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Cool Spot

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Released: 1994

Genre: Platformer

Format reviewed: SNES

Publisher: Virgin Interactive

Developer: Virgin Interactive

Submitted by: Steven Jackson

Product placement in the media has become a regular thing now in current society. Various games regularly advertise products somewhere whether it be through cut scenes or gameplay. Yet in 1994 Virgin Interactive created a game where it was entirely circulated around a mascot and product. That game was Cool Spot.

Cool Spot is a cult platformer for the SNES and Mega-Drive where the player takes on the role of Cool Spot. Based on the mascot of the 7-Up soft drinks franchise it is you're job to collect "Spots" to then be able to set free the other "Cool Spots" to advance to the next level. Along the way, the player can collect 7-Ups which act as extra lives again placing product placement all over the game.

Now as with a game like this you may be thinking this game isn't too good and to be fair I thought this too. However surprisingly Cool Spot is a fun and cool game. It has great fluid animations on Spot, great music, controls and graphics. It is a shock to say the least. Also the game is a challenge and because the game has no save feature and only level-check points, you need to be careful when playing.

To conclude, Cool Spot is the "black sheep" of product placement games. It is fun, it is challenging and it is cool. It was released for a variety of different systems at the time including both the SNES and Mega-Drive. I own the SNES version and it is great. However no matter what system you get it for or own it on it is a cult classic you need in you're collections.

Cool Spot

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Released: 1993

Genre: Platformer

Format reviewed: Sega Genesis/Mega Drive

Publisher: Virgin Interactive

Developer: Virgin Interactive

Submitted by: Ryan Davies

So, a 7-Up game, you say? Anyone living in the UK at the time would've expected something to do with Fido Dido. He'd walk forward a bit and then probably get into his hammock and have a drink. That game wouldn't arrive for another couple of years. What we got instead was another masterpiece from the Dave Perry/Tommy Tallarico duo who blessed us with Aladdin and Global Gladiators, and who would soon be dropping Earthworm Jim on us all.

The game they bestowed 'pon us? Cool Spot! As in, a spot that is cool. Not the pus-filled, face-riddling kind, but the big red 7-Up kind. And yeah, he's cool. Wearing sunglasses, y'see, and he struts a lot. Crabs? Cool Spot don't need no cream, he flicks bubbles at them! Spiders? Mice? Wasps? Boglins? No problem, just give'm some bubbles. That's how cool Mr. Spot is.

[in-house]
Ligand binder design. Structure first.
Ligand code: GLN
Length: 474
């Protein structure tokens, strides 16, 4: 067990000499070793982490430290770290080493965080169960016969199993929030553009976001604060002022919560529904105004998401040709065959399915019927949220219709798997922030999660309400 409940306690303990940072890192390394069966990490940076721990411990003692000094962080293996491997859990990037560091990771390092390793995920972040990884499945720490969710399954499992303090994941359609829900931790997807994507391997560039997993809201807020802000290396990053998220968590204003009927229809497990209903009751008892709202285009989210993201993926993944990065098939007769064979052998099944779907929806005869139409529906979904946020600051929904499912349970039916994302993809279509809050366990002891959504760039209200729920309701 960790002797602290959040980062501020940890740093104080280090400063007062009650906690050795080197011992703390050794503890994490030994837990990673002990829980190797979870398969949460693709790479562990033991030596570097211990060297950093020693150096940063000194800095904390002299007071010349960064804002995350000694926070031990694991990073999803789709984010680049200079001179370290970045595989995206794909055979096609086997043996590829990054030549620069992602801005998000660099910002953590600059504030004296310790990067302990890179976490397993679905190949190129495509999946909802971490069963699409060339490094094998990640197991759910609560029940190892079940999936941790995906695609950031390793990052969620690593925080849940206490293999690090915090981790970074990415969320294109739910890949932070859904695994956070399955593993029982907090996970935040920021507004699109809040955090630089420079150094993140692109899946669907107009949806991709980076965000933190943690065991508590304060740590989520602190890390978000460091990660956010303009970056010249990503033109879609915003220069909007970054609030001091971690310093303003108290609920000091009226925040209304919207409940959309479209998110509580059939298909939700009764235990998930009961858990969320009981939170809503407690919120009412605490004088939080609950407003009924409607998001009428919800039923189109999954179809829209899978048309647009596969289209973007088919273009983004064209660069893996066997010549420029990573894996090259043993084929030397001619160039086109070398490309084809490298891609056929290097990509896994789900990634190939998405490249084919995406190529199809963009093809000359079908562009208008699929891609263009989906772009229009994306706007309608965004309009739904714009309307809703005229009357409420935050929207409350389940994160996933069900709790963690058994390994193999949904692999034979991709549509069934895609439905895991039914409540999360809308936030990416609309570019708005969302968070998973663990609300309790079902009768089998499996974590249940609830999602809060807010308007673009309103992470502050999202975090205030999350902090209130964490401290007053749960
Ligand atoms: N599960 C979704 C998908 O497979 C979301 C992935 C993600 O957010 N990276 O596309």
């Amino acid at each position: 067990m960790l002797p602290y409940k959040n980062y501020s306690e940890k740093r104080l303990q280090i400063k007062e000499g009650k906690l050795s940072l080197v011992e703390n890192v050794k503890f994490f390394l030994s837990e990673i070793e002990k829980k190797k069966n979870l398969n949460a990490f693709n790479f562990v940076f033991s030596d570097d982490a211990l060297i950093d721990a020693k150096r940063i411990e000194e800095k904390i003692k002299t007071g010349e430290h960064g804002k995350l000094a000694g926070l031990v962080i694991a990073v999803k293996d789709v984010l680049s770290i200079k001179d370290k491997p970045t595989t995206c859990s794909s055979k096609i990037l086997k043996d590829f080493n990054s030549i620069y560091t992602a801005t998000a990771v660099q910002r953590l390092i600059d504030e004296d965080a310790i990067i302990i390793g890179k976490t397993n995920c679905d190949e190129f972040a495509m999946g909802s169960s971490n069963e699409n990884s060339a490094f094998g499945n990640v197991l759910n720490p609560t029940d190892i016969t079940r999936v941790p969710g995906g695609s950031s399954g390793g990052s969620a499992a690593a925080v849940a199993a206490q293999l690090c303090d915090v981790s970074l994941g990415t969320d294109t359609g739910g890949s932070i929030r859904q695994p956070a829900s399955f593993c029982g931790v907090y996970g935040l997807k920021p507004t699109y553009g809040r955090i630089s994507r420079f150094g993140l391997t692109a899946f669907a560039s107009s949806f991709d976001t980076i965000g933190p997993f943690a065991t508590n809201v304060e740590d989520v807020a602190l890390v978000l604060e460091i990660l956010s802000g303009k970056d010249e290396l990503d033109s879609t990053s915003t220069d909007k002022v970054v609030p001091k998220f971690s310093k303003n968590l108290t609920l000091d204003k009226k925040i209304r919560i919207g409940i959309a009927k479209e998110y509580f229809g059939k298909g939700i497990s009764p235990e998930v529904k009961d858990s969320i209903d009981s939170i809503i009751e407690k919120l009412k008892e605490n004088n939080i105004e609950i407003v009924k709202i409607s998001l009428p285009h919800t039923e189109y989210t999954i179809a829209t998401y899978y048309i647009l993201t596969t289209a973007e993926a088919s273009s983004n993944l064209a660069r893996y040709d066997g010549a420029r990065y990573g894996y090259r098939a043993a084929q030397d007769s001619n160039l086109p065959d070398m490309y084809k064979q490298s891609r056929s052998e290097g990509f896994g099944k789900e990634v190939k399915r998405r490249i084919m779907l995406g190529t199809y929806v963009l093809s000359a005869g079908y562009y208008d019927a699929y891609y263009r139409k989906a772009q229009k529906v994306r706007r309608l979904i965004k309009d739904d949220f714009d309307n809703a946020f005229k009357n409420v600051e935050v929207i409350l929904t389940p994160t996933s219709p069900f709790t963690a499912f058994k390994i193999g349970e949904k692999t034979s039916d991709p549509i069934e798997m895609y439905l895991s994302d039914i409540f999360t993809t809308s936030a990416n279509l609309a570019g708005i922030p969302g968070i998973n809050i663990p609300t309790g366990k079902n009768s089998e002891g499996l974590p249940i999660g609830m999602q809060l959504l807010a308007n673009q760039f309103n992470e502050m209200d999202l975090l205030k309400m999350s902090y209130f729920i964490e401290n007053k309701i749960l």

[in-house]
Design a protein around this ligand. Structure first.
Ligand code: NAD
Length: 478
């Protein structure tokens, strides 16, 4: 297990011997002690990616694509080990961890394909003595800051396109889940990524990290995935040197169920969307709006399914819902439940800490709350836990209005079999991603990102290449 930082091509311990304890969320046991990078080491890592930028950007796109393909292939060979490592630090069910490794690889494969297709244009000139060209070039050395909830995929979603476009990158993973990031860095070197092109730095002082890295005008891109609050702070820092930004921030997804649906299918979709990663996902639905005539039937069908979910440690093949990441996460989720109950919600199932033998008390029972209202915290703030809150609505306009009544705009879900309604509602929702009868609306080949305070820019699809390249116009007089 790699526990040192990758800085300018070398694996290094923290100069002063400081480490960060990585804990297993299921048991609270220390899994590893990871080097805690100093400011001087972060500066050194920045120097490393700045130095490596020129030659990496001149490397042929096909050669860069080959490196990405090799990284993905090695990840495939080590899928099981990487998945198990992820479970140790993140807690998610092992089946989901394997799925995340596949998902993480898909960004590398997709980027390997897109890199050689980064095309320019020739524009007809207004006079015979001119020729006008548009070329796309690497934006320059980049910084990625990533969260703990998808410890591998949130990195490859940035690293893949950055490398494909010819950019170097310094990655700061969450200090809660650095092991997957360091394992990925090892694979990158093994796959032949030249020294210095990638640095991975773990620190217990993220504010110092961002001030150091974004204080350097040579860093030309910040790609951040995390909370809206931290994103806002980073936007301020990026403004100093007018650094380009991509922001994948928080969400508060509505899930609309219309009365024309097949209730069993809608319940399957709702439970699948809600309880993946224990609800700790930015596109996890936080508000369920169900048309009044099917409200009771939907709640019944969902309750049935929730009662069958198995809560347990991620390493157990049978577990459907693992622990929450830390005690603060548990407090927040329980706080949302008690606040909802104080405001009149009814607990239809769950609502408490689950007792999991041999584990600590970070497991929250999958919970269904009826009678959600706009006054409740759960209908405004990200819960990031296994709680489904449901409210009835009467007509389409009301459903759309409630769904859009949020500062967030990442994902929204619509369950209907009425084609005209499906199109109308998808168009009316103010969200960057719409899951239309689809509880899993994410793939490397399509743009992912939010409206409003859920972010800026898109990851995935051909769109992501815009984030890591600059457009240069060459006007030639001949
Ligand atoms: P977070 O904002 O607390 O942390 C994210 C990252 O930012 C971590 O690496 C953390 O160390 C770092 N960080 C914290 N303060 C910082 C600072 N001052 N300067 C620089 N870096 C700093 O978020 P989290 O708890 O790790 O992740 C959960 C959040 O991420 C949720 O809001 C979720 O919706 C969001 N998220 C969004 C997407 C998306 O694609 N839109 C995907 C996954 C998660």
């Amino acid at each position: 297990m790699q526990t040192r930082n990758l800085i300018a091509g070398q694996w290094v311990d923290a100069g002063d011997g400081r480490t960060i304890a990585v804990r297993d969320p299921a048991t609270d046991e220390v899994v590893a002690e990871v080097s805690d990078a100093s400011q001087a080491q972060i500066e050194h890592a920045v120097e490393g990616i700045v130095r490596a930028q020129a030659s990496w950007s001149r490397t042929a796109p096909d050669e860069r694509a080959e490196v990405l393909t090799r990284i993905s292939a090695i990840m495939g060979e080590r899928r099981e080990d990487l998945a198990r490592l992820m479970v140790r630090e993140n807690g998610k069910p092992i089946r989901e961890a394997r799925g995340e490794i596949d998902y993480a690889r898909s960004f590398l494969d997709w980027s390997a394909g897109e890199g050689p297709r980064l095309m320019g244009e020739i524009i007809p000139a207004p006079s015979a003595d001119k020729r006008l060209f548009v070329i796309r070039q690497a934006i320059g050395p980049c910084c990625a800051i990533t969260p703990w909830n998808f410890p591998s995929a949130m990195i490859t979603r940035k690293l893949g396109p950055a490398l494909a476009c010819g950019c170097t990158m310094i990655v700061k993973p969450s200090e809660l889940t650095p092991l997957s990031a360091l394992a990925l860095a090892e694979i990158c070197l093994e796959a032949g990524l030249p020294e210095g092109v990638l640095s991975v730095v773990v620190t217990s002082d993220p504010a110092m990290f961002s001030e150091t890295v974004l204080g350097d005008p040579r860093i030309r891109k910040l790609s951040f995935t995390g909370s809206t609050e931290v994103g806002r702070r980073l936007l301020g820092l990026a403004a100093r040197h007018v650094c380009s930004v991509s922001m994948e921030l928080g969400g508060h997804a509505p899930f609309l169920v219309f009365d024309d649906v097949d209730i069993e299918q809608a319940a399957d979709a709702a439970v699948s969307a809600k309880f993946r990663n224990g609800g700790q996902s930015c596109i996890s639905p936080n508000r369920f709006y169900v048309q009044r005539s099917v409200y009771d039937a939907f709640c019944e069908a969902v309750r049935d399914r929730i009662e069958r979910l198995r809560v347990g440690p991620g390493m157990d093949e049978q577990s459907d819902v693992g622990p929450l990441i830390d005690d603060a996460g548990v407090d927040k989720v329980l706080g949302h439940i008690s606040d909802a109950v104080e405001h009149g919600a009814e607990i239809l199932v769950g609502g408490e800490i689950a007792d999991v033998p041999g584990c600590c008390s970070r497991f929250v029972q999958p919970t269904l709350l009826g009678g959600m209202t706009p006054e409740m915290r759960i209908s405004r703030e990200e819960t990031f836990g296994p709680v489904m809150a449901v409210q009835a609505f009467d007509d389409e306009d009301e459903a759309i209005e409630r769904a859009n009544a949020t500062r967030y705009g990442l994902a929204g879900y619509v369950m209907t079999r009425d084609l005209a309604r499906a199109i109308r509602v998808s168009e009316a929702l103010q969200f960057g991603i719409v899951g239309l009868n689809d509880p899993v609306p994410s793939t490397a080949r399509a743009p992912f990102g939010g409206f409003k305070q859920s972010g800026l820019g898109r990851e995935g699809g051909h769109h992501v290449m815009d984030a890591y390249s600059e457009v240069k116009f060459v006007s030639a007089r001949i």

Coolness aside, we're still left with a spectacular platform adventure thing. There's a certain elasticity to the way the guy moves around, jumping and stuff, reading the newspaper inbetween levels and snapping his fingers or playing with his yo-yo if he's not doing anything else.

No idea what the plot is. There's no bosses or anything, so it must've been those crabs that locked up eleven clones of Cool Spot in those check-board cages. Or maybe it's a psychological cleansing for Spot? Like, he's locked away every aspect of his personality besides his "coolness", leaving him unable to laugh, unable to love, unable to live.

Nah, probably just an excuse for all the bouncy-bouncy platform shenanigans. In 1993 you didn't need a plot to sell your platform game, you just needed it to play well. This one does that, and it has a wicked-cool bonus level set inside a giant bottle of 7-Up.

Special mention once more goes to Tommy Tallarico for making the best music of any game ever in this one right here. There's Toxitown Blues, which is re-used from Global Gladiators, and there's the generic surf music on the title screen, but besides that there's an interpretation of the Magnificent Seven's theme, some funky house, a bit of crazy carnival music, and the slap-bass screamy shenanigans of the Off The Wall theme, which remains my favourite piece of gaming music to this day. Even got it as my ring tone, oh yeah.

Above all, Cool Spot helped to spread an important message to the kids of the Nineties: Drink Coke and you'll get spots. Drink 7-Up and you'll get cool spots!